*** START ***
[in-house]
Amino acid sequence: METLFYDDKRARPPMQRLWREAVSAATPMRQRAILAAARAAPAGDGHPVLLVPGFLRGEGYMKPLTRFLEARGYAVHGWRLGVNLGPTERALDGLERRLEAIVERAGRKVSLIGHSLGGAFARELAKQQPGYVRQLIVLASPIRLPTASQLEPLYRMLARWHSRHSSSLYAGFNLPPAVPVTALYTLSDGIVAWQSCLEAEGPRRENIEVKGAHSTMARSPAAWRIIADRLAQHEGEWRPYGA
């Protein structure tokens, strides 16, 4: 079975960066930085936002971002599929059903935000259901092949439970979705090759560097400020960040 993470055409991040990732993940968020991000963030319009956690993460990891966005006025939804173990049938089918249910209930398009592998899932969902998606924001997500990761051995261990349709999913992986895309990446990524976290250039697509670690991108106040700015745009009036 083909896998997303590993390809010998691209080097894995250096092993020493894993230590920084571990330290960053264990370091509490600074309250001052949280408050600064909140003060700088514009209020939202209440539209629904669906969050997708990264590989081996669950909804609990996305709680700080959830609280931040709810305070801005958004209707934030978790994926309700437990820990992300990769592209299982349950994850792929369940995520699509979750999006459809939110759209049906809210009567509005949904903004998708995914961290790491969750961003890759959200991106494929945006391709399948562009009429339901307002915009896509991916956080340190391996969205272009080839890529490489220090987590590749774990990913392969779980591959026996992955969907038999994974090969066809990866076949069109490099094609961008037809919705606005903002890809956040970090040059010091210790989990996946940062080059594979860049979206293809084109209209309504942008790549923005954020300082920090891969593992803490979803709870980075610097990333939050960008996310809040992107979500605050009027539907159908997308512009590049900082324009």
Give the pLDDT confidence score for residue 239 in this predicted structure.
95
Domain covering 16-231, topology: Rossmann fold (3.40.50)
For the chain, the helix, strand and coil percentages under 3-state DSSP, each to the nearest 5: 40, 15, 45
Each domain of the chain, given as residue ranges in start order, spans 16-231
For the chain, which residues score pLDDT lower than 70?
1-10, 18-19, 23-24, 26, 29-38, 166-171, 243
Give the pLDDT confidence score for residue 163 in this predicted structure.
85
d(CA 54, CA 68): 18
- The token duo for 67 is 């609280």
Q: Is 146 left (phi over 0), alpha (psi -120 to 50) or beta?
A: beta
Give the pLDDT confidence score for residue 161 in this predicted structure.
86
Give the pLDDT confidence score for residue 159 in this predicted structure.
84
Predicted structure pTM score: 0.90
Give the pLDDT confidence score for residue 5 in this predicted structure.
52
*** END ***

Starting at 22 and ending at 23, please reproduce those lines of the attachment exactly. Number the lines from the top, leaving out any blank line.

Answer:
Give the pLDDT confidence score for residue 5 in this predicted structure.
52